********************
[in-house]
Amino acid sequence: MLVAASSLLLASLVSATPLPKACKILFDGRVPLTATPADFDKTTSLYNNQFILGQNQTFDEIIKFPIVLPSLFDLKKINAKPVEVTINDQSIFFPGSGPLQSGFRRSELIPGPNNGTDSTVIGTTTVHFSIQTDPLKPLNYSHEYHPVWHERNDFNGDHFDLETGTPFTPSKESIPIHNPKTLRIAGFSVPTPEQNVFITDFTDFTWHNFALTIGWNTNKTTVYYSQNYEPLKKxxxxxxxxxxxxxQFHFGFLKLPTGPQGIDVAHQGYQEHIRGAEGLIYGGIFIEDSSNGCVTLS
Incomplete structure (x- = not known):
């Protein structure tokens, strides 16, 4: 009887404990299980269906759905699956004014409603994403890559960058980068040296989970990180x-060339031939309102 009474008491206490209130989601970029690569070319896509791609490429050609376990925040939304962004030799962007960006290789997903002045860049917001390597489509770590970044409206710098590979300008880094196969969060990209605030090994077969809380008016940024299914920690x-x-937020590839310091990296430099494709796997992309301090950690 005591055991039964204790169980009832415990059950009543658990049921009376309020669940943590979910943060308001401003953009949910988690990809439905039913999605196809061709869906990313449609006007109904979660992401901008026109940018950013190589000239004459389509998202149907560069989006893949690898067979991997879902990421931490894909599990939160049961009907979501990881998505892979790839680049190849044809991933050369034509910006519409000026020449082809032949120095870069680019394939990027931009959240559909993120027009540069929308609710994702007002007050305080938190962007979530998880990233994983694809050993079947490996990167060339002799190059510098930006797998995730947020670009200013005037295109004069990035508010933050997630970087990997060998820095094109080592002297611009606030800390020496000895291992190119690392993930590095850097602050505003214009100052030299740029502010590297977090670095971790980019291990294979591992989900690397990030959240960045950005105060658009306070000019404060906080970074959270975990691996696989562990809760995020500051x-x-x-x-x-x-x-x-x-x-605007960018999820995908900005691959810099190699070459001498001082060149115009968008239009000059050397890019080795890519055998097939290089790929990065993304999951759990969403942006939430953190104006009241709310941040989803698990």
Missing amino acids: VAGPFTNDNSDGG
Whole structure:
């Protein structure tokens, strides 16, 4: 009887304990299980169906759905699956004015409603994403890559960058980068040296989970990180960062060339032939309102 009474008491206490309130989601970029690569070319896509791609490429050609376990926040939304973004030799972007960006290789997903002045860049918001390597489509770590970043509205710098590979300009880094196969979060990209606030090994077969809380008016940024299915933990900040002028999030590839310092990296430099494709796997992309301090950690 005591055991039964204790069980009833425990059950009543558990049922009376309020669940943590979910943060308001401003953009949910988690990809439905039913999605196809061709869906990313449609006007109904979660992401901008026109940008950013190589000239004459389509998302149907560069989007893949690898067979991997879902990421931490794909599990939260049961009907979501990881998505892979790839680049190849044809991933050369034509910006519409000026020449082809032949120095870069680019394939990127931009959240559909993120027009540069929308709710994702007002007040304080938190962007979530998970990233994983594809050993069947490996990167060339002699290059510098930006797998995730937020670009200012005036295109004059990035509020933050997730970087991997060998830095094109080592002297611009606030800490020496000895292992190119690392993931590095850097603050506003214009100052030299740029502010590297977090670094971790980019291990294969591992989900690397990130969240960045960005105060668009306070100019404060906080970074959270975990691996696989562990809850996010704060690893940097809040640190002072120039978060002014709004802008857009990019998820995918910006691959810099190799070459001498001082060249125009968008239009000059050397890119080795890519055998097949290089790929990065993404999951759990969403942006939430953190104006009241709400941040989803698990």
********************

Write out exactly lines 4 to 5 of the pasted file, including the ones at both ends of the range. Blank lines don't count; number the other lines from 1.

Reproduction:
């Protein structure tokens, strides 16, 4: 009887404990299980269906759905699956004014409603994403890559960058980068040296989970990180x-060339031939309102 009474008491206490209130989601970029690569070319896509791609490429050609376990925040939304962004030799962007960006290789997903002045860049917001390597489509770590970044409206710098590979300008880094196969969060990209605030090994077969809380008016940024299914920690x-x-937020590839310091990296430099494709796997992309301090950690 005591055991039964204790169980009832415990059950009543658990049921009376309020669940943590979910943060308001401003953009949910988690990809439905039913999605196809061709869906990313449609006007109904979660992401901008026109940018950013190589000239004459389509998202149907560069989006893949690898067979991997879902990421931490894909599990939160049961009907979501990881998505892979790839680049190849044809991933050369034509910006519409000026020449082809032949120095870069680019394939990027931009959240559909993120027009540069929308609710994702007002007050305080938190962007979530998880990233994983694809050993079947490996990167060339002799190059510098930006797998995730947020670009200013005037295109004069990035508010933050997630970087990997060998820095094109080592002297611009606030800390020496000895291992190119690392993930590095850097602050505003214009100052030299740029502010590297977090670095971790980019291990294979591992989900690397990030959240960045950005105060658009306070000019404060906080970074959270975990691996696989562990809760995020500051x-x-x-x-x-x-x-x-x-x-605007960018999820995908900005691959810099190699070459001498001082060149115009968008239009000059050397890019080795890519055998097939290089790929990065993304999951759990969403942006939430953190104006009241709310941040989803698990």
Missing amino acids: VAGPFTNDNSDGG